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TriMet on slow track to big changes

Smaller tweaks to westside MAX and PCC bus line could come before 2015


TriMet’s Westside Service Enhancement Plan is a sign the agency knows it’s falling short in Washington County.

After all, the westside MAX line wasn’t even open back when TriMet last realigned its service out here, nearly 20 years ago.

“There are pretty dramatically different residential and employment centers in the county now,” said Neil McFarlane, general manager of the regional transit agency. There are also dramatic financial hurdles TriMet will have to jump before it can put the plan into action.

The plan — which focuses on westside service north of Scholls Ferry Road — identified serious gaps in current bus and rail routes, as well as new service that will be needed to meet future demands.

Among the new-service possibilities is an express or rapid-transit addition to Bus Line 57, which runs to Cornelius and Forest Grove.

According to TriMet Planner Tom Mills, who recently spoke to Forest Grove city councilors, Bus Rapid Transit could feature a separate travel lane and enhanced stations similar to a light rail line. Rapid-transit stops are generally further apart (like MAX stops) and the bus could possibly receive “transit priority” treatments such as signal timing and green-light holding, Mills said.

TriMet is also looking at ways to bridge that “last mile” between riders’ transit stations and their homes or jobs, Mills said, acknowledging that most people won’t take public transportation if they have to walk too far to their destination once they get off the bus or MAX. Bike or car “sharing” might help, Mills said, or improved bike storage.

There’s at least one big problem with these ideas: money. McFarlane says TriMet can’t yet implement much of the Westside plan. In fact, the regional transit agency has been cutting service since 2009 to help balance its budget.

A major issue is employee health care benefits. McFarlane says TriMet cannot continue paying its union employees what he calls “the most generous health care benefits in the country.” Amalgamated Transit Union 757 officials say TriMet should cut management salaries and stop new rail projects instead.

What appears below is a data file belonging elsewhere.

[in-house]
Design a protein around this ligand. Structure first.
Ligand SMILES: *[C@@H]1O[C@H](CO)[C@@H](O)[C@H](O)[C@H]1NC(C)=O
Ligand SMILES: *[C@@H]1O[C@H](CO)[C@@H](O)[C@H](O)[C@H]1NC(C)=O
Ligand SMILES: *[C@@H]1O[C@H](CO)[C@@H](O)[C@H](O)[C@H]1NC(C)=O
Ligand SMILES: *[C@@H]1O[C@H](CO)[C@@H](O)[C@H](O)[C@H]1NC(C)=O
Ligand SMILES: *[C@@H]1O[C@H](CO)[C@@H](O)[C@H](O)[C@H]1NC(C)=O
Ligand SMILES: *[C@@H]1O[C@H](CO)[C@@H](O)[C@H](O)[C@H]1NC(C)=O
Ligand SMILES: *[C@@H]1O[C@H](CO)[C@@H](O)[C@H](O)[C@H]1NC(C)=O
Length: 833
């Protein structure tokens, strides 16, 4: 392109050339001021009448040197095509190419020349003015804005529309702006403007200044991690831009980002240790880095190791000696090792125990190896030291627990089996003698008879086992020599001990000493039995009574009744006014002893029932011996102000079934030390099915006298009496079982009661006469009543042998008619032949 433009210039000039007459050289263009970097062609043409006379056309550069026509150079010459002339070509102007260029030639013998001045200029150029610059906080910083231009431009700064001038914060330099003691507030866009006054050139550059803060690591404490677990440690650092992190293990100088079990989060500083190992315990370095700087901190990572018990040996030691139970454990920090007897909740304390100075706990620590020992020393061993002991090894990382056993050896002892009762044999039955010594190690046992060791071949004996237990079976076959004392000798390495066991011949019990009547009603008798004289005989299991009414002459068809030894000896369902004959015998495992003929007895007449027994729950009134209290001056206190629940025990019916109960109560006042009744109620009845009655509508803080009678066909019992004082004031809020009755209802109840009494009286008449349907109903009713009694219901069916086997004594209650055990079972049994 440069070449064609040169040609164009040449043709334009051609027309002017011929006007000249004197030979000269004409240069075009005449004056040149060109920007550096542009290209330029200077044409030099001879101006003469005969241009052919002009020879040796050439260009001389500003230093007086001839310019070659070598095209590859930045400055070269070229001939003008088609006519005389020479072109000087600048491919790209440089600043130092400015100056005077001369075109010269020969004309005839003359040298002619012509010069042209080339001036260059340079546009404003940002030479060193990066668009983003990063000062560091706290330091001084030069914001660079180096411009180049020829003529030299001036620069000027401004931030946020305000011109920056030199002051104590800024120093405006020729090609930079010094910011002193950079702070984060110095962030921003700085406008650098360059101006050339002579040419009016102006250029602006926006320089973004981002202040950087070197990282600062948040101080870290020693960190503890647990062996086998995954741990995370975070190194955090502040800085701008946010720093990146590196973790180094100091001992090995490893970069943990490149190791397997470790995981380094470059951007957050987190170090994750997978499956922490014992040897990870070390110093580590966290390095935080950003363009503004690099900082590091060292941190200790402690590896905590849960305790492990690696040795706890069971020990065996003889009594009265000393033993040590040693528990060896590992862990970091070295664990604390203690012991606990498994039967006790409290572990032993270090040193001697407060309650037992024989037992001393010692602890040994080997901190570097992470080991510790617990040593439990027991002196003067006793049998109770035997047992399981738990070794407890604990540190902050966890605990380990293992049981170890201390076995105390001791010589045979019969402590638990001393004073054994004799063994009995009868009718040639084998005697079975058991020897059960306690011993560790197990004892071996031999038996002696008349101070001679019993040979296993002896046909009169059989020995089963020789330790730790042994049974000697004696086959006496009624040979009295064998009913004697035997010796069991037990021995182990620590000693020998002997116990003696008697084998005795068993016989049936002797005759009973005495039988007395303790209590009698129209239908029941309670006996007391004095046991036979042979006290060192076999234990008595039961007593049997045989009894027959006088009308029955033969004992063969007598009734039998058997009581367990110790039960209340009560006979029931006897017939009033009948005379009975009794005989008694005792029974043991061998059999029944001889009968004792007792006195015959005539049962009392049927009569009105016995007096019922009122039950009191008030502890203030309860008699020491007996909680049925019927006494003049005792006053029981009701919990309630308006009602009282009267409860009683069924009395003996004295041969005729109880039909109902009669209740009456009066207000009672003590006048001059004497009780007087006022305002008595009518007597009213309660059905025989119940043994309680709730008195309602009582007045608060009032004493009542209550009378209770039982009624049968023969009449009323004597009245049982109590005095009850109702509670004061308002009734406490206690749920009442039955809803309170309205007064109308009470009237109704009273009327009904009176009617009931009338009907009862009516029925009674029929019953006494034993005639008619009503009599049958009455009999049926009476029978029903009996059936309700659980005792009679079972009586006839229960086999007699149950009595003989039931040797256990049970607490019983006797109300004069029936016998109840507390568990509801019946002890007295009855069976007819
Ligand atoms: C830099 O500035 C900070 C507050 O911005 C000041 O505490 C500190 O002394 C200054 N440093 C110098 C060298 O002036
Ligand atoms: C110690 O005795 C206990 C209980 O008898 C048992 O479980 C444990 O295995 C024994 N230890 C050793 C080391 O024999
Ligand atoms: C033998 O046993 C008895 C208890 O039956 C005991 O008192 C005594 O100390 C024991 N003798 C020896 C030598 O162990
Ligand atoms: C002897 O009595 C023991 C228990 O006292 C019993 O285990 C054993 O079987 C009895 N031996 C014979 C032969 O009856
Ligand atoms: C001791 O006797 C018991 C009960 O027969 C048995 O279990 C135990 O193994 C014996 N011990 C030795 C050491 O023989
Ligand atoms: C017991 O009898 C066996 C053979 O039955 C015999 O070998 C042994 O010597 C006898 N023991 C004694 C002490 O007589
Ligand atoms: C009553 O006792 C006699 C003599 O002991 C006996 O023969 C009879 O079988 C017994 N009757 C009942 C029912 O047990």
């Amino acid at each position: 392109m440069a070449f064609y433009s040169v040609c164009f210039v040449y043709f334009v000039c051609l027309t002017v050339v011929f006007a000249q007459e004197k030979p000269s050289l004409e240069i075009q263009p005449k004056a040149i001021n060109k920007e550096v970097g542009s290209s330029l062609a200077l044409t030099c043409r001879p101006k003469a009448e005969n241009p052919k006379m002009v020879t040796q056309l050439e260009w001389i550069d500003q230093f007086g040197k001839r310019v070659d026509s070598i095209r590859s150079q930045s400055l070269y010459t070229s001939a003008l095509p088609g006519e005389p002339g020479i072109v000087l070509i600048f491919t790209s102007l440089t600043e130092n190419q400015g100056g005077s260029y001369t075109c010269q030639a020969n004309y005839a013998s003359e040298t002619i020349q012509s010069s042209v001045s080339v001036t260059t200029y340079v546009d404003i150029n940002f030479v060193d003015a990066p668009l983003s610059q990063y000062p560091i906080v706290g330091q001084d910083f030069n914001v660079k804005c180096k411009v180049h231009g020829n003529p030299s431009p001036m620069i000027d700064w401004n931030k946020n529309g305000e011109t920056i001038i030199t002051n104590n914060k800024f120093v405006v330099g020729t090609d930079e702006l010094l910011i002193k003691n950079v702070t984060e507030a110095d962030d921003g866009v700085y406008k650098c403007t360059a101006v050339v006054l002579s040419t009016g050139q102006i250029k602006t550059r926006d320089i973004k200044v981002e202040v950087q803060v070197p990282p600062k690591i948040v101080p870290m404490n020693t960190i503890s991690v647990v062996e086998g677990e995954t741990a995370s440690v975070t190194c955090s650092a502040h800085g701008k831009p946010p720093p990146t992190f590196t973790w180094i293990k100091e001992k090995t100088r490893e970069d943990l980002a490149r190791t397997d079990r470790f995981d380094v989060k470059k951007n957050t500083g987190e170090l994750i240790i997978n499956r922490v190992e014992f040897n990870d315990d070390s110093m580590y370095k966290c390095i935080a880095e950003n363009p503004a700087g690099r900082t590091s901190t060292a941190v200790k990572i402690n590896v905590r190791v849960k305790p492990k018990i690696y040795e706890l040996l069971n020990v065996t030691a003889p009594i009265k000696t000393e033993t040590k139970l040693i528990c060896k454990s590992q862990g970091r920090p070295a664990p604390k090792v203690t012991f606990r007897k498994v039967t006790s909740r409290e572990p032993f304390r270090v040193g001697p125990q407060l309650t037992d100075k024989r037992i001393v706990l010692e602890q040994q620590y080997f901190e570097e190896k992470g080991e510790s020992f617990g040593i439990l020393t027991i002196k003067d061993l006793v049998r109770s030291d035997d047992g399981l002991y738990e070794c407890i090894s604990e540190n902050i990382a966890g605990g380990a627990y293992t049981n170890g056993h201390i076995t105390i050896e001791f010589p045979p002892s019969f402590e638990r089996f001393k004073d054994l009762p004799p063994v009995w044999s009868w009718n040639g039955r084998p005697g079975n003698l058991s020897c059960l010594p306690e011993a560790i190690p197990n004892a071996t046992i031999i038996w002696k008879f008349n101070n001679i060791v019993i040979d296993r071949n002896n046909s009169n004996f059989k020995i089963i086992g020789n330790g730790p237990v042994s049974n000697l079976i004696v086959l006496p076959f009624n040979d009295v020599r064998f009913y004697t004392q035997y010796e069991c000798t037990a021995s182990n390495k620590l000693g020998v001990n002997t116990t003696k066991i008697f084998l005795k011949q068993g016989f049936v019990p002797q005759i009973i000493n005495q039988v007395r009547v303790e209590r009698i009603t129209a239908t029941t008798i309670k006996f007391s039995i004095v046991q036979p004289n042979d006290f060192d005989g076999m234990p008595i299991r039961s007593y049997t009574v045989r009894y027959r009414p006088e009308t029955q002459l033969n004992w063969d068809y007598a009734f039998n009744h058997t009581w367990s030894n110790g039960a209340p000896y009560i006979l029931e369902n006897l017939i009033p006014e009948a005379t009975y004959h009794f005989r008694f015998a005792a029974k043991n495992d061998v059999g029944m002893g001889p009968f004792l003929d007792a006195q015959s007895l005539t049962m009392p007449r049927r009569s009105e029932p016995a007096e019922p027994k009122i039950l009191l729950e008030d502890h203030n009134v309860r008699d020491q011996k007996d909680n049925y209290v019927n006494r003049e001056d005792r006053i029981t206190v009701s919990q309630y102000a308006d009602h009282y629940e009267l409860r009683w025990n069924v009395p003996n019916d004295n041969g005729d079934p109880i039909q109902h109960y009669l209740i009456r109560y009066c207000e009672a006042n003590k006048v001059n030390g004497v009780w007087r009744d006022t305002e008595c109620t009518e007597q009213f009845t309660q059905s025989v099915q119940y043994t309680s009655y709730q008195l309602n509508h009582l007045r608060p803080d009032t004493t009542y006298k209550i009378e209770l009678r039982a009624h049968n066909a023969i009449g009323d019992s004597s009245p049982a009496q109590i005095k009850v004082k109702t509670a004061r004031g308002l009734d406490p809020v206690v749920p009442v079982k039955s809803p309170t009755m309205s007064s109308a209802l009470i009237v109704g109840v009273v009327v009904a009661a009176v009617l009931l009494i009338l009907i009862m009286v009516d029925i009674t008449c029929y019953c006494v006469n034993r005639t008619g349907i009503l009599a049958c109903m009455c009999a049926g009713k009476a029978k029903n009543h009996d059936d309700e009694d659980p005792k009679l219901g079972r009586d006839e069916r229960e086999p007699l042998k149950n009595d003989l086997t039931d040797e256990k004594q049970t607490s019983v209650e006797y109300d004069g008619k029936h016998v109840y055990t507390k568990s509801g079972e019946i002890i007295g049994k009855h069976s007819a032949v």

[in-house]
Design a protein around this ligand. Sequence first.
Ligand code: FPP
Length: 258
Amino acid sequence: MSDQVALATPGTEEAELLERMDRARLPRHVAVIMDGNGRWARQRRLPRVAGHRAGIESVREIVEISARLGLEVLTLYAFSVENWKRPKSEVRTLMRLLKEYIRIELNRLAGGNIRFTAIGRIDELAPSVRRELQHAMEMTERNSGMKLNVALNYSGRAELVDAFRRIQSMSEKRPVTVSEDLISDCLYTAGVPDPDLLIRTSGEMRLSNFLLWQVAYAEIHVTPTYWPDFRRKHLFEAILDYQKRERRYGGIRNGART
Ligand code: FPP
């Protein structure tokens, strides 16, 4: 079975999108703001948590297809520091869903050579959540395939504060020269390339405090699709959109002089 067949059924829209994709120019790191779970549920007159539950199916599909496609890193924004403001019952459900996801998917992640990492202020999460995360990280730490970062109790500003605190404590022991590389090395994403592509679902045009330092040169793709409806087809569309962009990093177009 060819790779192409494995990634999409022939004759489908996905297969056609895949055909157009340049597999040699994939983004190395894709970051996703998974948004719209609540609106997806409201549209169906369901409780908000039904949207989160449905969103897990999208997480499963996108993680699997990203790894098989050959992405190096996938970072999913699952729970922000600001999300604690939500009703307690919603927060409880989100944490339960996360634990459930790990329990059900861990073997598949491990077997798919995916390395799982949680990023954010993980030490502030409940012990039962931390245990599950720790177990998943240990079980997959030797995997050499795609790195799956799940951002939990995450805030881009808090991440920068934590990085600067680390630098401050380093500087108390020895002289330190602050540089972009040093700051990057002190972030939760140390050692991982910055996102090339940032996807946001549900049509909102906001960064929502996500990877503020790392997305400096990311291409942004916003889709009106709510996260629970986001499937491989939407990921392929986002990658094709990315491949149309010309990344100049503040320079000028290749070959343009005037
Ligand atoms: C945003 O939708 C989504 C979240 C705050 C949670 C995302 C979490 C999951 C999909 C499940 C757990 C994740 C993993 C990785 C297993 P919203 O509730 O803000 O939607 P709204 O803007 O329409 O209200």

The $485 million operating budget McFarlane proposed in March might allow small service realignments in Washington County, but big changes cannot occur until the agency overcomes its long-term funding problems, he said.

From suburbs to city

Twenty years ago, TriMet focused its bus service in Washington County on moving people from suburban communities such as Forest Grove into Portland along east-west lines. The westside MAX line that opened in 1998 reflected this model. Officially known as the Blue Line, it runs from downtown Portland to near the Hillsboro Civic Center, with 32 stations along the way.

But much of the county’s growth is now happening away from the Blue Line. Housing has exploded in the Bethany area north of U.S. 26, for example.

Farther north, enrollment has increased 50 percent at Portland Community College’s Rock Creek campus. Despite that, the area is served by only two bus lines that have changed little over the past 20 years.

The PCC problem may benefit from one of those “small realignments” McFarlane said the agency can make.

TriMet’s proposed 2013-14 budget includes money to improve connections and weekday frequency on Line 47, with buses running to the Rock Creek campus via Northwest 174th Avenue and Laidlaw Road instead of Sunset Transit Center as they do now. In addition, bus frequency would improve between the campus and the Orenco/Northwest 231st Avenue MAX station.

Overall, Mills said, TriMet wants to complete the county’s service grid with more north-south routes. This is a more realistic option than ever before. Washington County and local governments have invested heavily in north-south connections in recent years, adding lanes and other improvements to Brookwood Avenue/Parkway, for example, and Cornelius Pass Road, now both major transportation corridors.

Another change, according to Mills, would be to extend MAX’s Red Line all the way to Hillsboro while shortening the Blue Line, so riders who board in Hillsboro can have a straight shot to the Portland International Airport. Right now, the Red Line goes only to the Beaverton Transit Center from the airport, so airport passengers have to disembark somewhere along the route and switch trains. TriMet officials are thinking of switching those two lines around so the Blue Line terminates in Beaverton instead of the Red.

“We are hoping we can make the change in September 2014,” Mills said, “but that will depend on the cost.”

Forest Grove Councilor Richard Kidd said he has struggled with the choice of how to get to the airport because he doesn’t like having to make that mid-trip switch on MAX. Kidd told Mills he liked the idea of a Red Line extension, although what he’d really like is to see MAX extend to Forest Grove.

In fact, Forest Grove planners are updating the state-required comprehensive land-use plan and have proposed raising downtown’s residential density. Such a move might support a higher level of transit service.

McFarlane, however, says any major changes will require new revenue, which TriMet cannot expect to receive until the public believes the agency’s budget problems are under control.

“It is incumbent on us,” he said, “to prove we are providing the best possible return on the dollar.”



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